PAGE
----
On January 1, 2017, Connecticut will “ban the box” for private employers, as well as public employers. “Ban the box” laws prohibit employers from asking questions about criminal background on employment applications, with some exceptions. Such laws are becoming increasingly common in states and municipalities throughout the United States.
The new Connecticut legislation, known as Public Act 16-83, An Act Concerning Fair Chance Employment, defines “employer” as “any person engaged in business who has one or more employees, including the state or any political subdivision of the state.” The law prohibits employers from inquiring about a prospective employee’s prior arrests, criminal charges, or convictions on an initial employment application. There is an exception when the employer is required to do so by state or federal law. However, it is not clear whether this exception will apply only when the employer is bound to inquire about criminal background on an initial application or if it will apply as long as the employer is required to ask at some point in the process. A literal reading of the language implies the former. There is also an exception when a security or fidelity bond or an equivalent bond is required for the position for which the prospective employee is seeking employment.
Notably, the legislation only bans employers from asking about criminal history on an initial employment application. It does not prohibit asking altogether, nor does it require a conditional offer prior to asking. Therefore, employers need to check their application forms to ensure they do not ask about criminal background (unless an exception applies), but may ask such questions at any later point in the application process.
Existing state law requires that an employment application form that contains any question concerning the criminal history of the applicant contain a notice, in clear and conspicuous language:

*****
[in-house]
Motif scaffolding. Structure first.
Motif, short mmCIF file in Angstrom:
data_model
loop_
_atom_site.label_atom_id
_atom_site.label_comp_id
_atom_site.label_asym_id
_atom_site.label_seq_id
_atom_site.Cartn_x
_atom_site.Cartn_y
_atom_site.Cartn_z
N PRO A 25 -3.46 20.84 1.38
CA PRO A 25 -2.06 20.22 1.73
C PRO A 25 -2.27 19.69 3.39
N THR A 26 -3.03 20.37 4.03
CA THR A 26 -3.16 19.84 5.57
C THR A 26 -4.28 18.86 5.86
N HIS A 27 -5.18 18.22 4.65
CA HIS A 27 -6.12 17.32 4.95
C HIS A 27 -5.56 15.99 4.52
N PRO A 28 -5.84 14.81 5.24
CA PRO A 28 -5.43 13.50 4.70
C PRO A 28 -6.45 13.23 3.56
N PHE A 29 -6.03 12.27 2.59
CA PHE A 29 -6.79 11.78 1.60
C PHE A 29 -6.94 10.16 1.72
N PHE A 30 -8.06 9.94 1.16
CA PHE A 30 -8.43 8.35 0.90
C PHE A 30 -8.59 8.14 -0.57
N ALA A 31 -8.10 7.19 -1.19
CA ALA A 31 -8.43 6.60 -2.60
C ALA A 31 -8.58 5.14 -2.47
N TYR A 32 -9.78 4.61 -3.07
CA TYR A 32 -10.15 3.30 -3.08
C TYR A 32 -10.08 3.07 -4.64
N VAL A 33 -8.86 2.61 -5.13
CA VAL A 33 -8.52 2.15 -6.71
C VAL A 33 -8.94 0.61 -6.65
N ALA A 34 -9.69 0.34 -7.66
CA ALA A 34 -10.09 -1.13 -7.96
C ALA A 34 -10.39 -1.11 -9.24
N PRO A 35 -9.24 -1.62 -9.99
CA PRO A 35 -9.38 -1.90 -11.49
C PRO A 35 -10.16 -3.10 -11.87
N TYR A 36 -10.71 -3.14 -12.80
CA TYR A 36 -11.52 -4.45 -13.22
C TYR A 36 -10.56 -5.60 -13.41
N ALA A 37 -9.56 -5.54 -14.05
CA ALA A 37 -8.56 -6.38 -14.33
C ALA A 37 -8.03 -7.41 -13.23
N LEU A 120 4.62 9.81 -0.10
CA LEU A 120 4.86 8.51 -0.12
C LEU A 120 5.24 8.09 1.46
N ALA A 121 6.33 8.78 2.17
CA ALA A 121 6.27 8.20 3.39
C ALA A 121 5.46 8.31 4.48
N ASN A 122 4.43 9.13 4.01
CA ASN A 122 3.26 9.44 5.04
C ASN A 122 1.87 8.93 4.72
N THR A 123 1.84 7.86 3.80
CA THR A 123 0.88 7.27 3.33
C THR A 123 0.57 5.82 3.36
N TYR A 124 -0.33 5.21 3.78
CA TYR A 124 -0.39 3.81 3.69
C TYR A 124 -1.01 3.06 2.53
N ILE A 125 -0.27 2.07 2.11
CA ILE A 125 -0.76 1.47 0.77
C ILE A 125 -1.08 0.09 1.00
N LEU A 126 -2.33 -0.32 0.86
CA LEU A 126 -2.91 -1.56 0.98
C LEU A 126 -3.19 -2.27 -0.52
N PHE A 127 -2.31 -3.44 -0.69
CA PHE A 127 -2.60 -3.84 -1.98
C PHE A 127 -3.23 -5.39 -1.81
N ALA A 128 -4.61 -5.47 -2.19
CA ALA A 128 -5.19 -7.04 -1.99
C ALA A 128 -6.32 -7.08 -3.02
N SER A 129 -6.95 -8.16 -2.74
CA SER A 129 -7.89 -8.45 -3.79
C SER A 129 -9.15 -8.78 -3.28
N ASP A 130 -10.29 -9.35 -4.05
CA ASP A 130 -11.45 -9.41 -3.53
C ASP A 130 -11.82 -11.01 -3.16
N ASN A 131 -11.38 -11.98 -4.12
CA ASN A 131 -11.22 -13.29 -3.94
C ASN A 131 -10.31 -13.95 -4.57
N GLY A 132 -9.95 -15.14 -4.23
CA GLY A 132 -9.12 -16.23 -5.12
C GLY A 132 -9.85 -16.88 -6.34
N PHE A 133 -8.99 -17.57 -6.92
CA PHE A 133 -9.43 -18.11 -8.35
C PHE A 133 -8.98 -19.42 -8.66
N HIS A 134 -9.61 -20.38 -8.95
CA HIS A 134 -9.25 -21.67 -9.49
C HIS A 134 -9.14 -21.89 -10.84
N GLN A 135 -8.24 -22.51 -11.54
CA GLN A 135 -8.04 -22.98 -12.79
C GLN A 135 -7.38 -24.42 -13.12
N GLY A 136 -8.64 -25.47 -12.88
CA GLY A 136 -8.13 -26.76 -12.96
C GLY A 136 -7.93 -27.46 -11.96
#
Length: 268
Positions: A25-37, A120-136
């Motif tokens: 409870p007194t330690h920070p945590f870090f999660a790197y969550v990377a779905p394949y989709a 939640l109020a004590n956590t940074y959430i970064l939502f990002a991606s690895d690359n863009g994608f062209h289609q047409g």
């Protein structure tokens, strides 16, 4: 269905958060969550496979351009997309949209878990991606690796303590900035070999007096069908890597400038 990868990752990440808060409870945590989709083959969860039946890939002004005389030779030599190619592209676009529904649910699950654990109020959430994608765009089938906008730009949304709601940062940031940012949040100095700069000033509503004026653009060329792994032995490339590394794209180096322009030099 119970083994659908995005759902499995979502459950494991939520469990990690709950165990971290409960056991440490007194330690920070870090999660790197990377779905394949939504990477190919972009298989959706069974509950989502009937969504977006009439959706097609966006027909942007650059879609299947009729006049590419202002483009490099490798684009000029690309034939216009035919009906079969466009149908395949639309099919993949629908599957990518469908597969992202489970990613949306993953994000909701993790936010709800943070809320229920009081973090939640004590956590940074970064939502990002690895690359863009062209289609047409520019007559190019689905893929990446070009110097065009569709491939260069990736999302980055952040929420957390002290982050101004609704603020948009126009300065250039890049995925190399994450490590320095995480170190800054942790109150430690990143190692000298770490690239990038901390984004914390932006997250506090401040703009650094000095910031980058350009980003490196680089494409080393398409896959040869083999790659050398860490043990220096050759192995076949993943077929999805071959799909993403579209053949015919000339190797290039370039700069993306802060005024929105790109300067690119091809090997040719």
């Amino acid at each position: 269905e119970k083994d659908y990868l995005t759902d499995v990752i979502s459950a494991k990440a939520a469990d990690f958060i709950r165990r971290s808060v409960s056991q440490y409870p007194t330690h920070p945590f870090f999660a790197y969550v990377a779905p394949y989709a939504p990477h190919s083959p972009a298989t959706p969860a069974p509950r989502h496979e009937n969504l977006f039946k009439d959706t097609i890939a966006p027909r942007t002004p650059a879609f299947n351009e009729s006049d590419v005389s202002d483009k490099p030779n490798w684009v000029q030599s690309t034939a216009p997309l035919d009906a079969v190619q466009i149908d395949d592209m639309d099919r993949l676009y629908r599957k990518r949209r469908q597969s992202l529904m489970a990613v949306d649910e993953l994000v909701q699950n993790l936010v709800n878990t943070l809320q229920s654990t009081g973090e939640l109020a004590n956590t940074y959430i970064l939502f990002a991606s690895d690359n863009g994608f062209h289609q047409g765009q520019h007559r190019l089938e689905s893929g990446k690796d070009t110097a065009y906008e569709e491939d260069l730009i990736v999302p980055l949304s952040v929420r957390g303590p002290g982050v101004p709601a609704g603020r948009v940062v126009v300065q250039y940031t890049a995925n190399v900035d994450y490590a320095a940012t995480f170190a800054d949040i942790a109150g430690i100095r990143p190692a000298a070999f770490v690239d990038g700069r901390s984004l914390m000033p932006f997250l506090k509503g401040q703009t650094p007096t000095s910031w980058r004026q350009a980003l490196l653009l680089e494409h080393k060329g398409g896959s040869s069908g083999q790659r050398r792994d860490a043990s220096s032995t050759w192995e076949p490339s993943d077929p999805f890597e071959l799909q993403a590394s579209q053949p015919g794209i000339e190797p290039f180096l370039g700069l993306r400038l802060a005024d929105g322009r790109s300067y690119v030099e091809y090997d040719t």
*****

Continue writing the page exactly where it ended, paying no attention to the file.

(1) That the applicant is not required to disclose the existence of any arrest, criminal charge or conviction, the records of which have been erased pursuant to section 46b-146, 54-76o or 54-142a,
(2) that criminal records subject to erasure pursuant to section 46b-146, 54-76o or 54-142a are records pertaining to a finding of delinquency or that a child was a member of a family with service needs, an adjudication as a youthful offender, a criminal charge that has been dismissed or nolled, a criminal charge for which the person has been found not guilty or a conviction for which the person received an absolute pardon, and
(3) that any person whose criminal records have been erased pursuant to section 46b-146, 54-76o or 54-142a shall be deemed to have never been arrested within the meaning of the general statutes with respect to the proceedings so erased and may so swear under oath.
Further, employers may not reject an applicant or terminate an employee based on erased records or because of a prior conviction for which the individual has received a provisional pardon or certificate of rehabilitation pursuant to Conn. Gen. Stat. § 54-130a, or a certificate of rehabilitation pursuant to Conn. Gen. Stat. § 54-108f.
While the ban-the-box legislation does not allow an individual to sue an employer, a complaint may be filed with the state Department of Labor.
Employers should remain aware of other considerations relating to the role of prior convictions in the application process. Employers in certain regulated industries, particularly where employees will work with children or finances, may have special requirements to inquire about criminal background. Employers in all fields should ensure that they make carefully reasoned decisions about the relevance of prior convictions to the employment sought; failure to do so could give rise to discrimination charges based on race and national origin, even where a policy is applied evenhandedly. Finally, before conducting a criminal background check, employers should ensure they are complying with notification requirements of the federal Fair Credit Reporting Act.
Due to the complexity of the law in this area, employers should consider having their applications and other onboarding materials reviewed by a labor and employment attorney. Further, before taking adverse action (including refusing to hire an individual) based on a criminal conviction, it is advisable to seek counsel, as certain enumerated factors should be considered and documented.
Our team of labor and employment attorneys can assist employers in adjusting to the new criminal background inquiry restrictions and ensuring compliance with all applicable labor and employment laws.